The piece was carried in a national daily –
And here is the unedited version with pictures and video clips –
Music in the Forest
Lush green forest cover and peaking Santubong mountain form a glorious backdrop to annual Rainforest World Music Festival in Sarawak, Malaysia. Though music has travelled in the form of festival from confined concert-halls to various open-air venues, at this unique setting of 17 acres of forest land, the festival has taken a quantum leap since its beginning 20 years ago. The 3-day long festival held in the month of July hosts renowned musicians, both indigenous and international besides medley of activities.
A couple of hours flying from Kuala Lumpur lands me in Kuching, the capital city of Sarawak and the base to get to the festival. Shuttle buses are organized from the city-centre, with the focus on reducing carbon emission, for the 35km ride to Sarawak Cultural Village, a ’living’ museum and the venue for the festival. People show up in droves at the gate in the opening hours of the morning but an efficient entry system in place keeps the wait-time to minimal.
All-day events begin in the morning and wind down well past midnight. There is something for everyone to keep the zing going. To sustain the energy-level for such a long stretch at the festival, it is better to kick-start the day with one of the Wellness-programmes that focus on mental, spiritual and physical through yoga workshops, meditation sessions and Tai-chi. Yoga enthusiasts can get to choose from various types such as hatha, budokon, vinyasa and yin but ‘bring your own yoga mat’ is the norm here. For movement-oriented, Zumba, Bodycombat, Tai-chi, Capoeira and traditional Malay art of self-defence called Silat are the choice.
The festival ground is designed such, a boardwalk around a water-body would make sure catch all the sights and sounds. Talks on wealth of plants in the rainforest, personal-care oil extraction, soap-making from natural ingredients are at Sarawak Biodiversity centre. Cheering kids holding mothers’ arms lead me to Pustaka Bookaroo, where children get initiated into arts, crafts and music, justifying the festival claim that it is family friendly. There is a heavy emphasis on Sape, a local ‘boat lute’ of 4-strings made of hollowed-wood, through history and exhibition, art of making and playing workshops, to preserve and promote local musical heritage. Rainforest World Craft Bazaar is an alluring stop over for souvenir hunters as it spreads a wide range of arts and crafts of indigenous people from garments, pants, batik, beadwork to tapestries for which the raw materials are sourced from the forest. Indeed, tree-bark clothing are also up for grabs. Inking the skin with an ethnic tattoo here would stay indelible even after returning home.
The festival aims to showcase music and dance rooted in cultures from around the world. Two stages, ‘Jungle and Tree’, aptly named for they are flanked by forest trees, are the focus for the prime-time mega acts. This year, over 25 bands from South Africa, U.K., Guinea, Cape Verde, Columbia, Belgium to Tahiti are featured. The bands play back to back, alternating the stages with no breaks, creating a seamless musical transition though the sounds are distinct as they cover a range of genres. When the venue live up to its name and the skies open, revellers literally ‘dance away the evening in the rain’ as they come all prepared to slide on the muddy ground.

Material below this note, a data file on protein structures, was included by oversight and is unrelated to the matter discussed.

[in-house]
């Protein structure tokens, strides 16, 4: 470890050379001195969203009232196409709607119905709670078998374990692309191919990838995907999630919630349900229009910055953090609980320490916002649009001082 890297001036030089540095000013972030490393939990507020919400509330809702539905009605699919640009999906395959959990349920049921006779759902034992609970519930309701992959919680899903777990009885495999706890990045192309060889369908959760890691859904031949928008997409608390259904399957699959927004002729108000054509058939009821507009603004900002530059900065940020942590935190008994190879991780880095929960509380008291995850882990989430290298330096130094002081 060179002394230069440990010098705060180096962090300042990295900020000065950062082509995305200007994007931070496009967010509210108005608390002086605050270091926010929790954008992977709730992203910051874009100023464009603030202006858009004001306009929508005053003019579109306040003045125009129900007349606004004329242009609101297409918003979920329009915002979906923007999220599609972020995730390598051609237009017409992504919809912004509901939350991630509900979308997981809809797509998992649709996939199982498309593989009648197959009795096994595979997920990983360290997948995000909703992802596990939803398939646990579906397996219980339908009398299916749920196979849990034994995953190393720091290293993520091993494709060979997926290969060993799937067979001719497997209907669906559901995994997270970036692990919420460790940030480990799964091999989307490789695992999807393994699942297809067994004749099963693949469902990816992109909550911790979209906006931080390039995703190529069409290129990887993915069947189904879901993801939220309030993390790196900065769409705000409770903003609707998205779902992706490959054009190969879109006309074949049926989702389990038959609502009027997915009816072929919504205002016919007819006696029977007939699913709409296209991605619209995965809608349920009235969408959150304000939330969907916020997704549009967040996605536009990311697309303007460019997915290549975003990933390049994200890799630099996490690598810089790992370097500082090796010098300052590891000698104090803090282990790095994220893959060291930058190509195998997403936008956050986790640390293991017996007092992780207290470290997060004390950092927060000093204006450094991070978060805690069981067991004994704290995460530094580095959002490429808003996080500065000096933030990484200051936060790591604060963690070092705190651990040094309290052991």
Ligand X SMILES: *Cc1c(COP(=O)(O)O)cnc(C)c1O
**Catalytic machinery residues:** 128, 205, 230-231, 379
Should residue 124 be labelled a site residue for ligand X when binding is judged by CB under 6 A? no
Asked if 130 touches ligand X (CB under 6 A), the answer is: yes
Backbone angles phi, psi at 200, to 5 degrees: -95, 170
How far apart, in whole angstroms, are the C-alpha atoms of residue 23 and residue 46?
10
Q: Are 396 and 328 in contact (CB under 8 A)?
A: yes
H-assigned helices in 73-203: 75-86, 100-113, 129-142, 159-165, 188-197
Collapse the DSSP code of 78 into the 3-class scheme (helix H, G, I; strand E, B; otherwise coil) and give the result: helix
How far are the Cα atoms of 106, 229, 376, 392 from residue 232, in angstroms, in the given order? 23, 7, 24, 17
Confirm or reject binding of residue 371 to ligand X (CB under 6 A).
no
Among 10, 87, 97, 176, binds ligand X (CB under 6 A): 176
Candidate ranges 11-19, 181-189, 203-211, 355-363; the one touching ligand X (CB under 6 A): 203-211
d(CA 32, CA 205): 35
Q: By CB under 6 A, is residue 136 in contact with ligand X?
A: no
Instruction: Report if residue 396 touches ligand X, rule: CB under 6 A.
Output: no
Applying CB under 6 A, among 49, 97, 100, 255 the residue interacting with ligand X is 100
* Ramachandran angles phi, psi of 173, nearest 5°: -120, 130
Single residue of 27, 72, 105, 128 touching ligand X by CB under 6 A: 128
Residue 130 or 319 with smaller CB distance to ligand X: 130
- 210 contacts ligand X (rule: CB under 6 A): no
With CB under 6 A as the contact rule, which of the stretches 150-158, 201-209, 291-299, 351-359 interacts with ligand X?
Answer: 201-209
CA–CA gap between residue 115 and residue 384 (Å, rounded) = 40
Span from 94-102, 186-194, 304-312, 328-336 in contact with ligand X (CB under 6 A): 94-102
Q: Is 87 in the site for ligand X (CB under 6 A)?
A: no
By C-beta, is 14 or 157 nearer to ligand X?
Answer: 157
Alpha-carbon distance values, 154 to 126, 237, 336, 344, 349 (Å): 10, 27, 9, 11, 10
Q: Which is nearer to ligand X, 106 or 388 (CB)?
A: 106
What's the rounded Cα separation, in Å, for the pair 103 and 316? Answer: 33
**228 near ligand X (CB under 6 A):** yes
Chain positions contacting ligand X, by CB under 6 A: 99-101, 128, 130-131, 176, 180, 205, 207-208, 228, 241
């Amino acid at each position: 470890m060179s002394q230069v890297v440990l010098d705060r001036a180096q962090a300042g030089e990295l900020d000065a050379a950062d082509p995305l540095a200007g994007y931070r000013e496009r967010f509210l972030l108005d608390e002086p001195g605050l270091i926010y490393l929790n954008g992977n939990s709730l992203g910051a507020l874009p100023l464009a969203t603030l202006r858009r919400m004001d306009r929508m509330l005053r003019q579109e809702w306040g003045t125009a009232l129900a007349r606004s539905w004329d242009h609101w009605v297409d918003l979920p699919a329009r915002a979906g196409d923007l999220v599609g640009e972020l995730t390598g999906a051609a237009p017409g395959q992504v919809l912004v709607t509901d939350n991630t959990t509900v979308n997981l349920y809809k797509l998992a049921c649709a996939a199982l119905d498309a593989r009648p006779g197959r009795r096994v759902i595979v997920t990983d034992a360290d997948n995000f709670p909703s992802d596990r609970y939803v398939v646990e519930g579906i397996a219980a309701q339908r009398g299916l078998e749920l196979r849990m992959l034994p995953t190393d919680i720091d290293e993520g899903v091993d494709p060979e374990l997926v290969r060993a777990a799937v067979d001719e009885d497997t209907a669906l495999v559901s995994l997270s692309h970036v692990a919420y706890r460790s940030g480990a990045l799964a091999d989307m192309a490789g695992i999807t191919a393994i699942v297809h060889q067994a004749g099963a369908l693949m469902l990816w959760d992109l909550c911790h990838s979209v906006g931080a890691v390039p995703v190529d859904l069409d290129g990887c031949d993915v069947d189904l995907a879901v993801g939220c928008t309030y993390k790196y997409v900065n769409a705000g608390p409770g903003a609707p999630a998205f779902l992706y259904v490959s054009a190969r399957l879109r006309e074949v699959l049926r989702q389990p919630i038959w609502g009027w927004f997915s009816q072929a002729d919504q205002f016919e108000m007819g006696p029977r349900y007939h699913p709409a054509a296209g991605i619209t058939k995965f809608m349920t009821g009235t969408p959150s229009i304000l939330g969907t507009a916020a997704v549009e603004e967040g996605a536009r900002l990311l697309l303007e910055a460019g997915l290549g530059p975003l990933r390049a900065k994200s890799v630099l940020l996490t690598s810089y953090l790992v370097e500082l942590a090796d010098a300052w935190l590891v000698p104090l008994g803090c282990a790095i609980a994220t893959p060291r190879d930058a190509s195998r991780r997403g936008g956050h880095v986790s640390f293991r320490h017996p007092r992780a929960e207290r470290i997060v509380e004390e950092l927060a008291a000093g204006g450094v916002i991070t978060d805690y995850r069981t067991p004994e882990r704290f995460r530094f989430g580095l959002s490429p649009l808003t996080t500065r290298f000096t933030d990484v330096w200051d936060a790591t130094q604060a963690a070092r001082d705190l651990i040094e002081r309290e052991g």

As Sarawak is located just north of the equator, it is hot and sweaty. The only air-conditioned refuge at the grounds is the Theatre stage that hosts afternoon shows that are chamber-style, intimate and classical for seated audience. The music here is soothing and help unwind and take a break from all the walking done.
Then there are ‘Mini Sessions’ that host over 20 sessions in 3 days featuring lecture-demos, interactive dance workshops and thematic performances on ‘percussion’, ‘wind’ ‘strings’, ‘keys’ and so on by bringing together musicians, based on the theme, from various bands. Each musician gets to demonstrate his instrument individually and the session ends on collective synergy with them all play together to enthral the now informed audience. These shows are held in the replica of traditional houses and halls of the Sarawak ethnic communities that are part of permanent exhibits at the Sarawak Cultural Village.
Participatory and free-style Drum Circle in the afternoons draw an exuberant gathering where some 100 percussion instruments are handed out to pound out the rhythms.
A wide choice of Asian cuisine is on the platter, from scrumptious fried snacks to savouries and ice-cream to fresh juice to beat the heat. But for growing number of vegetarians and vegans, the options are very limited and that is something the organizers need to pay attention in the future years, as part of their green initiative like tree-planting, recycling and food-waste management. Food marts are equipped with seating area and entertainment zone for the buskers and clowns to stir up the appetite. Cooking demonstrations, workshops and food-tasting satiate the culinary drive in those who choose to explore beyond the dining tables.
From a modest 300 music lovers in 1998 today the festival attracts over 20,000 from across the continents and has become an eagerly anticipated event in the annual musical-calendar. “I have been coming here for many years and the music offered used to be lot more traditional but now that has taken a turn and attracts more of young and hip dancing crowd” says Kumar, a Malaysian resident. Taking advantage of being in Borneo, I hit the forest trails to catch the sights of two well-known endemic species, Orangutan and Proboscis monkey, to cap off my sojourn.
Both Air Asia and Malaysia Airlines fly to Kuching
stay – 3 resort hotels, a hostel and a campsite near the festival grounds,
plenty of hotels in the city-centre
website – rwmf.net